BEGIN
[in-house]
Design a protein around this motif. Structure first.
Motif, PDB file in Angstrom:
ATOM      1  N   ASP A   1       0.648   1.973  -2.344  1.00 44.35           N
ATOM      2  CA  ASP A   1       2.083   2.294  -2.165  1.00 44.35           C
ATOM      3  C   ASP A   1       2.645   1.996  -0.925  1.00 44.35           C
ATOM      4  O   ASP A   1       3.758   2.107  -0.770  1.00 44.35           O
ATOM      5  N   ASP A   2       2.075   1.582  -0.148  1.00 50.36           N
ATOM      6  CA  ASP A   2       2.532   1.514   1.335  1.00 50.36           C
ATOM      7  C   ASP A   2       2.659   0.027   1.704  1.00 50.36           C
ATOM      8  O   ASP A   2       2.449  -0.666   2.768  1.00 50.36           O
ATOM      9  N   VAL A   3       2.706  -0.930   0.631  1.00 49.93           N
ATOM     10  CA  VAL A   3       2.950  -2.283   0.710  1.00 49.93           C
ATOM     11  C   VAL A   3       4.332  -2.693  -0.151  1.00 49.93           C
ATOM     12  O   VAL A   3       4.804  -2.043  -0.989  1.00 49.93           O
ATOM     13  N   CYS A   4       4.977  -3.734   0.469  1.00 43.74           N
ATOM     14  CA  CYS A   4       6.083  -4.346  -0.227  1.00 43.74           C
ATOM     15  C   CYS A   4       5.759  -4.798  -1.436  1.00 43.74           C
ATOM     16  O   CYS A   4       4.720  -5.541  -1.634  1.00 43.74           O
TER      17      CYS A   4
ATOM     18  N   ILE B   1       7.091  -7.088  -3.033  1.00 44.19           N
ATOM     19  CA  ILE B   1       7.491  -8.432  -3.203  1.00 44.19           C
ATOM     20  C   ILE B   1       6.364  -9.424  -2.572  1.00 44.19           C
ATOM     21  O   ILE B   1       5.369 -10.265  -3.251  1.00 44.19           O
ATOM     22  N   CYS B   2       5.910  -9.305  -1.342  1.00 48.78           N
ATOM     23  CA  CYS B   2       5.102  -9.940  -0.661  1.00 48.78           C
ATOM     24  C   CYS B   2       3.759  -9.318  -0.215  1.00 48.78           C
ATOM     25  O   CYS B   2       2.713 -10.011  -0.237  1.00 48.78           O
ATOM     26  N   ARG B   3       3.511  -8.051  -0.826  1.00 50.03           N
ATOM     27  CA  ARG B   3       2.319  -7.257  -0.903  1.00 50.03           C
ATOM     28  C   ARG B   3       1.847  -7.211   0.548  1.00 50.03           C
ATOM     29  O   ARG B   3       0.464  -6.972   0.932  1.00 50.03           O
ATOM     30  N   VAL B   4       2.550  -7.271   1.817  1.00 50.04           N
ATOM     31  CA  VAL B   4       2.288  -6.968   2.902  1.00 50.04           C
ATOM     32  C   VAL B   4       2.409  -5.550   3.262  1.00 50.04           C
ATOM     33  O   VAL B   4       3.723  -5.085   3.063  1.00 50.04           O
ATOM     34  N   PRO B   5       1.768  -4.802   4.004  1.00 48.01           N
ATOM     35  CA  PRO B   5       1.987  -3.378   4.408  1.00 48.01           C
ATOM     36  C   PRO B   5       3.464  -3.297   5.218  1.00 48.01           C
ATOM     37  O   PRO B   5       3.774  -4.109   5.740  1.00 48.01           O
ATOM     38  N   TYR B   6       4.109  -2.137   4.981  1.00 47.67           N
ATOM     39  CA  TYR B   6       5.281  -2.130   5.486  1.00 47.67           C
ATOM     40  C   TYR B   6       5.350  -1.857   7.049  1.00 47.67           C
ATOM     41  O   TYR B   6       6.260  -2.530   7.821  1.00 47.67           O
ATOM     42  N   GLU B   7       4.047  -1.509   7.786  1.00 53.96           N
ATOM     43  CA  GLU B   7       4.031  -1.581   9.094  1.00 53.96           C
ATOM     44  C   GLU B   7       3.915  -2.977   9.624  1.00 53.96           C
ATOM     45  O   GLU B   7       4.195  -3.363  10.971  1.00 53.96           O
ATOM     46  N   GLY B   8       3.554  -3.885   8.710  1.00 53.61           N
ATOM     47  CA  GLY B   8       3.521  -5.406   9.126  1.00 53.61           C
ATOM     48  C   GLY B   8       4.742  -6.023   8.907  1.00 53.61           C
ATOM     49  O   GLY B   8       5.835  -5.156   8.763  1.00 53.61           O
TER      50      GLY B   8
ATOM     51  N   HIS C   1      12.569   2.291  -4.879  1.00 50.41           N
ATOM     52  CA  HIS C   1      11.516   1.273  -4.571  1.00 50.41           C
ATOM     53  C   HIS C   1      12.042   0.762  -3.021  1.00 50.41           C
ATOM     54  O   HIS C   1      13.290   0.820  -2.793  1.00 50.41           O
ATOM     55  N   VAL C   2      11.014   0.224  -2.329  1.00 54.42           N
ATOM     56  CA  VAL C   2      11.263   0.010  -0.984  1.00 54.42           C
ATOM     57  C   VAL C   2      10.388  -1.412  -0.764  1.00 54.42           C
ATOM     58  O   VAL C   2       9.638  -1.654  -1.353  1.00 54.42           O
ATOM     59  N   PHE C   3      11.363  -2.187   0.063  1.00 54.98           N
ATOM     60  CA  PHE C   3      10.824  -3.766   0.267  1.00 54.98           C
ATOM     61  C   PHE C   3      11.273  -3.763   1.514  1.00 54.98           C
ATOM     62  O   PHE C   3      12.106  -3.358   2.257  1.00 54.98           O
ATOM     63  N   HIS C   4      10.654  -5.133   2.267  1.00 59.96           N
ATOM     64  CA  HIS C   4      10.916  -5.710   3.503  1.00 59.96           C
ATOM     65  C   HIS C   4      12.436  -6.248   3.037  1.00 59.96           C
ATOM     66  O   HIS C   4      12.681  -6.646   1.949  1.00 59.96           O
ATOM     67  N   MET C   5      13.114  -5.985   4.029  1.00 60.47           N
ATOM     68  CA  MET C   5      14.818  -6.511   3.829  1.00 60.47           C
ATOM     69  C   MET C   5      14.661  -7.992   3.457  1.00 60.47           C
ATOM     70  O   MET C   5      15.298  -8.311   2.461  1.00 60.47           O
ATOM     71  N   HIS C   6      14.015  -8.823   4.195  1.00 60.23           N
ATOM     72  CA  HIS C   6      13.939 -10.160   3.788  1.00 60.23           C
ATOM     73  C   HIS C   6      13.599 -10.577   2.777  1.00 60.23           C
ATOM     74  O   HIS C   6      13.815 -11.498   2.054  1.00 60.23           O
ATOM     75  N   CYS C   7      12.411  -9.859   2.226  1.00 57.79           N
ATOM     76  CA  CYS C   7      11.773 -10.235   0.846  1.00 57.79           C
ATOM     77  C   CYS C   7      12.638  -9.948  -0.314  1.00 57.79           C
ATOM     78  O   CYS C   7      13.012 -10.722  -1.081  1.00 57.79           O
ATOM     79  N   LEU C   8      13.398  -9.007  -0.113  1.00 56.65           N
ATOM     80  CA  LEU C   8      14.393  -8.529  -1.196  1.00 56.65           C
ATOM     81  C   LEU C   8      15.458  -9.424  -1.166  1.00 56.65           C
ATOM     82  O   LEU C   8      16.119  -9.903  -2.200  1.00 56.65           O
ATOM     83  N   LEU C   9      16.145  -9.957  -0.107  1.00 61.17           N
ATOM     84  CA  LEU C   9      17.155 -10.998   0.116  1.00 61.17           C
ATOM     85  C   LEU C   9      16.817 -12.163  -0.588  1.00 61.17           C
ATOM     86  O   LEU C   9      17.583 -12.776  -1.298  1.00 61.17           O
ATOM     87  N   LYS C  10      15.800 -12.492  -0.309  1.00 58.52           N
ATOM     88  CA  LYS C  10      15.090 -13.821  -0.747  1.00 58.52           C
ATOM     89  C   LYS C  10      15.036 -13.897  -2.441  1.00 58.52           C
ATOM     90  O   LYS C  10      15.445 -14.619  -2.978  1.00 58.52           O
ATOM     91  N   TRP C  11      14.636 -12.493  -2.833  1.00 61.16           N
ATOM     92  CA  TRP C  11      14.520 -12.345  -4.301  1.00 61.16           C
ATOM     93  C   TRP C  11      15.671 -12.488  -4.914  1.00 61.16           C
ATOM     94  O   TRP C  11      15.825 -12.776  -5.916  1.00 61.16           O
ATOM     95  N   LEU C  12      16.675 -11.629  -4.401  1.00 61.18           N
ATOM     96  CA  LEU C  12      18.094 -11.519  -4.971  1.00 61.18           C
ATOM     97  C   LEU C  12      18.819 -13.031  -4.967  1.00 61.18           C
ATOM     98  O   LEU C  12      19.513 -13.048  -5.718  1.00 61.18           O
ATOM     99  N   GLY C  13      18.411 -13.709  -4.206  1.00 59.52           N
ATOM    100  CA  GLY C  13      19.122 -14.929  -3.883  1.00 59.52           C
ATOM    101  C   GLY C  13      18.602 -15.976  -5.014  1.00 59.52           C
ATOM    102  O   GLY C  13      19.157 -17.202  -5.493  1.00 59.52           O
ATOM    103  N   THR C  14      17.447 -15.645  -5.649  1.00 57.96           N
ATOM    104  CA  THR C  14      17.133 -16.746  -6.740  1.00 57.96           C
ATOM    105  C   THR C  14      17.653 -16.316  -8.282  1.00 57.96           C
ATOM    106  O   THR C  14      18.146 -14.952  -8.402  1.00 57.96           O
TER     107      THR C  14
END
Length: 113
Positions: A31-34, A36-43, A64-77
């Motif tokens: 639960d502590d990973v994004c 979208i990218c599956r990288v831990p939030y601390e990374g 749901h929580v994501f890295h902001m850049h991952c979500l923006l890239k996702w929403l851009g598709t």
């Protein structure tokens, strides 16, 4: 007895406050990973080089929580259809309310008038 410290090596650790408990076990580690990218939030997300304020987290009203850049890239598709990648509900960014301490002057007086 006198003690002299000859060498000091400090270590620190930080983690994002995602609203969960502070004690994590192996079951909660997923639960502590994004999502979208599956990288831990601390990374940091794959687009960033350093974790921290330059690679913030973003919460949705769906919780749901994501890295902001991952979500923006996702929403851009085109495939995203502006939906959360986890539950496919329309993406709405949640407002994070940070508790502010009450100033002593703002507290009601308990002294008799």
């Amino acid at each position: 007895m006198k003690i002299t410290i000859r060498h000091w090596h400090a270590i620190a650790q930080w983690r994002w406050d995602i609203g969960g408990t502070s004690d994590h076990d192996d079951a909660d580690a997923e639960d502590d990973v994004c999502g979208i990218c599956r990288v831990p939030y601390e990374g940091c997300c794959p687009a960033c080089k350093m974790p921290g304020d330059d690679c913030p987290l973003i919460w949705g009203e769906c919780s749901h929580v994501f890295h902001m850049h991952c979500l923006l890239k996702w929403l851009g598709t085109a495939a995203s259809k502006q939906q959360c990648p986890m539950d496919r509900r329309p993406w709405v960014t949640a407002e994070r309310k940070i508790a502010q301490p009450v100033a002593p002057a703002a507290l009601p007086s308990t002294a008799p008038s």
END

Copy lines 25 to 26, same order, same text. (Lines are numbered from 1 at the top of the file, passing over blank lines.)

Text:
ATOM     22  N   CYS B   2       5.910  -9.305  -1.342  1.00 48.78           N
ATOM     23  CA  CYS B   2       5.102  -9.940  -0.661  1.00 48.78           C